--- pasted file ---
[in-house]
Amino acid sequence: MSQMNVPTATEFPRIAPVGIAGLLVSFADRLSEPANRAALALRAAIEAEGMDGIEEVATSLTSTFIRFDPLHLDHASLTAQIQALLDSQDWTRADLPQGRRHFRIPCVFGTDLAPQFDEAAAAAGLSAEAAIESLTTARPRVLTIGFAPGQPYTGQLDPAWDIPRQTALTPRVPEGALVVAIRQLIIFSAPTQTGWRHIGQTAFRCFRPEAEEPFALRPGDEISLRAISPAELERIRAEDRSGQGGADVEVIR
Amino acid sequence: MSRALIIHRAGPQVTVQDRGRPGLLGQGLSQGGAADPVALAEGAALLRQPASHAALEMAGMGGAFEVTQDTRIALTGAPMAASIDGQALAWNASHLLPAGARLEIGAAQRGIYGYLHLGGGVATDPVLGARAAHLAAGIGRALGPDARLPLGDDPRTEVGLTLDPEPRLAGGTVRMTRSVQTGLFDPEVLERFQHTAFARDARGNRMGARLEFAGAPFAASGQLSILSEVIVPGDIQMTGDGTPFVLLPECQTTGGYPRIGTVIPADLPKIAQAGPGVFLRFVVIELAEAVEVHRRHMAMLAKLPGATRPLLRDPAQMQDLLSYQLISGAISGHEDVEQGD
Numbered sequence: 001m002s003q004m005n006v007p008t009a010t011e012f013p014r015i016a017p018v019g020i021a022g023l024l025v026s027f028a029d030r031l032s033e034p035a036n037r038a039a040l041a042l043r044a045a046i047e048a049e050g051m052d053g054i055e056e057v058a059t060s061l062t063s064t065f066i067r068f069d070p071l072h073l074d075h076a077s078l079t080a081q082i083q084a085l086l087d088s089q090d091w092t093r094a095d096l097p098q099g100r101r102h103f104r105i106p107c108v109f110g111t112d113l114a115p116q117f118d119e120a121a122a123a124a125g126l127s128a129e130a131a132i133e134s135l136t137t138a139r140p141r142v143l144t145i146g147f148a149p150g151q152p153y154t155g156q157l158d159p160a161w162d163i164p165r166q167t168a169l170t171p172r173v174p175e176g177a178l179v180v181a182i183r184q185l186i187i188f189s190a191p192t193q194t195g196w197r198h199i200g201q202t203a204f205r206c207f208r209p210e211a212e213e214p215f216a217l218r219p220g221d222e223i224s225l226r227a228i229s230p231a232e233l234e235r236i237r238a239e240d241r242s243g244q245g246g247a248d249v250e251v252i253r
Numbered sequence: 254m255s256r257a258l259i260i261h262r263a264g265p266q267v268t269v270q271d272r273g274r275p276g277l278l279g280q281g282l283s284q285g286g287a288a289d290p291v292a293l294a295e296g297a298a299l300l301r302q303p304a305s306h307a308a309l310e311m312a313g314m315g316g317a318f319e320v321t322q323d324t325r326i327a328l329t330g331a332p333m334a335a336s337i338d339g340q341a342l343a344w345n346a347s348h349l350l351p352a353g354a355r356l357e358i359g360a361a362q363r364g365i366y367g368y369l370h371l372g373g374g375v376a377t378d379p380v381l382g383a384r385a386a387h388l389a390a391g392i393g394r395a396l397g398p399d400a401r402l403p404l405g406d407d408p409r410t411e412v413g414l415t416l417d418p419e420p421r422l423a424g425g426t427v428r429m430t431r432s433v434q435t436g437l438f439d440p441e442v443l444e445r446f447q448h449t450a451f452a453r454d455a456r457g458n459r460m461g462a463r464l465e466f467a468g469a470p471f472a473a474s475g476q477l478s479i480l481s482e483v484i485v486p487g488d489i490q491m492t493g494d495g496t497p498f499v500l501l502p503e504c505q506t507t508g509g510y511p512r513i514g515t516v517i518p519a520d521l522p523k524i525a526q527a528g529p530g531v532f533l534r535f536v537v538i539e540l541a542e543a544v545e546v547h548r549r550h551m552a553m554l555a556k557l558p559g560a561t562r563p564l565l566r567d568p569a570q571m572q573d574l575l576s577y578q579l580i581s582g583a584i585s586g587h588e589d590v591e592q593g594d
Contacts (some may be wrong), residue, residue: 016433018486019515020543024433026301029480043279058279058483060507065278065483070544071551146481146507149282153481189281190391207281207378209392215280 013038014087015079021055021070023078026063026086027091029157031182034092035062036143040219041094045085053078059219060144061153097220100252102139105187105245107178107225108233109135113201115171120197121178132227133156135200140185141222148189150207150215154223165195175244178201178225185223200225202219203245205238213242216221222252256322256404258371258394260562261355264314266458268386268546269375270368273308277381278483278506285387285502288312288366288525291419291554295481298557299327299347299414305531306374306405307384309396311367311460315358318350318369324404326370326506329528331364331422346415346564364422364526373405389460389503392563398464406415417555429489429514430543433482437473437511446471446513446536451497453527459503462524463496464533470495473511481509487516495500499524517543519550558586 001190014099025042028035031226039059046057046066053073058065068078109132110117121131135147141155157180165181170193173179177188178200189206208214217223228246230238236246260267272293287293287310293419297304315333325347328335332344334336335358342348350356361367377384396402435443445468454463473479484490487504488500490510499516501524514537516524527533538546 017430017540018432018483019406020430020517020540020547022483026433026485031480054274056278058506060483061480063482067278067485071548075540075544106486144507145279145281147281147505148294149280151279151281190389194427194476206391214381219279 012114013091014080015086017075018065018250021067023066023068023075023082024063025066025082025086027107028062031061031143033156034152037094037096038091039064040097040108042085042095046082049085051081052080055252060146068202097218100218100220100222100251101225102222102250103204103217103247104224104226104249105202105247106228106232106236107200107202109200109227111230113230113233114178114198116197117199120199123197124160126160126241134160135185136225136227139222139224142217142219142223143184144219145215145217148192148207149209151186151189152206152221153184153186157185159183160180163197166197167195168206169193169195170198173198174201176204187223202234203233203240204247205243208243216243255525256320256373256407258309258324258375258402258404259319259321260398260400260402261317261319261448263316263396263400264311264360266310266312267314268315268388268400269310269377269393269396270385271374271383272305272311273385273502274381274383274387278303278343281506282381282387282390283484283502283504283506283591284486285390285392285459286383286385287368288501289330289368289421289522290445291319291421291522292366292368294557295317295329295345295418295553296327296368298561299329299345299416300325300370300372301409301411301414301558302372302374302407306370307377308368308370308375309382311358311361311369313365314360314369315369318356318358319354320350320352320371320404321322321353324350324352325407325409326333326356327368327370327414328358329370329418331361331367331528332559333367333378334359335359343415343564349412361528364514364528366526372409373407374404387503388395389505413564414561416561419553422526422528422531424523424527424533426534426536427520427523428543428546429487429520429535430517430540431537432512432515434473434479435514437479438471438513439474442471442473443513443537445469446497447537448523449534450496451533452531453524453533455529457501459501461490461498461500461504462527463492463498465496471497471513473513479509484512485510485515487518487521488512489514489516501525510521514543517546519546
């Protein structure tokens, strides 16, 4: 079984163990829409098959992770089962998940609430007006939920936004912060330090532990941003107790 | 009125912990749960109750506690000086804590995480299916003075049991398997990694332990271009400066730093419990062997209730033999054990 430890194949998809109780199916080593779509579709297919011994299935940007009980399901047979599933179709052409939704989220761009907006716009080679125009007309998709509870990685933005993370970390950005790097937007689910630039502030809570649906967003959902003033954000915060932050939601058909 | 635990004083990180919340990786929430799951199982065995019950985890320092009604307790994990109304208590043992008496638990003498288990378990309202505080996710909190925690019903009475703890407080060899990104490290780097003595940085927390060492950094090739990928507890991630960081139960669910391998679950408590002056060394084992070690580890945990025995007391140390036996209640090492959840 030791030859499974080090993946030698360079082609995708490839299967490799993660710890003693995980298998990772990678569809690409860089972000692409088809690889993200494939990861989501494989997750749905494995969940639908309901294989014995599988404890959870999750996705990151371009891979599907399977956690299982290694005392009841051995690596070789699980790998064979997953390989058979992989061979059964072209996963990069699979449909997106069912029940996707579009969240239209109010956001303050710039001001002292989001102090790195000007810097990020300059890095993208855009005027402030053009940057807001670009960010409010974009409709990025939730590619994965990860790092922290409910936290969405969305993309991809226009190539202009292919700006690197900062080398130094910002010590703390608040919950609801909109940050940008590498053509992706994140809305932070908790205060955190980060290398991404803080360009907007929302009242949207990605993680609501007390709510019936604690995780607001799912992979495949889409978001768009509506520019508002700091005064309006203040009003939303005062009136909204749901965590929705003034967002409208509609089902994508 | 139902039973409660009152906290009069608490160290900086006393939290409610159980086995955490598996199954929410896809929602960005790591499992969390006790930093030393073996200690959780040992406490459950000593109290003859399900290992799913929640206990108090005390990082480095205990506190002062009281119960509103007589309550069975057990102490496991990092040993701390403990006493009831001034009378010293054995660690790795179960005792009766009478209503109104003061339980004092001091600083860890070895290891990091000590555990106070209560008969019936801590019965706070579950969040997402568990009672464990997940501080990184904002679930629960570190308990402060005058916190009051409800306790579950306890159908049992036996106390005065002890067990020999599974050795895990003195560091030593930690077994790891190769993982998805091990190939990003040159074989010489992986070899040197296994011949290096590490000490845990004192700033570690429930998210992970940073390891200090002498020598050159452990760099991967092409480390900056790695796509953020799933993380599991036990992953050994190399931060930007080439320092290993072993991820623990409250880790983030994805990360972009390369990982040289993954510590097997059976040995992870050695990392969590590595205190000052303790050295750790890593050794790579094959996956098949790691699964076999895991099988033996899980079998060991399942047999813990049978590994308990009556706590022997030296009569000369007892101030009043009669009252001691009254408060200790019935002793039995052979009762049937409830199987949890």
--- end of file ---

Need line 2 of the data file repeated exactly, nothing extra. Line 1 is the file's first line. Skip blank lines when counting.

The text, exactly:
Amino acid sequence: MSQMNVPTATEFPRIAPVGIAGLLVSFADRLSEPANRAALALRAAIEAEGMDGIEEVATSLTSTFIRFDPLHLDHASLTAQIQALLDSQDWTRADLPQGRRHFRIPCVFGTDLAPQFDEAAAAAGLSAEAAIESLTTARPRVLTIGFAPGQPYTGQLDPAWDIPRQTALTPRVPEGALVVAIRQLIIFSAPTQTGWRHIGQTAFRCFRPEAEEPFALRPGDEISLRAISPAELERIRAEDRSGQGGADVEVIR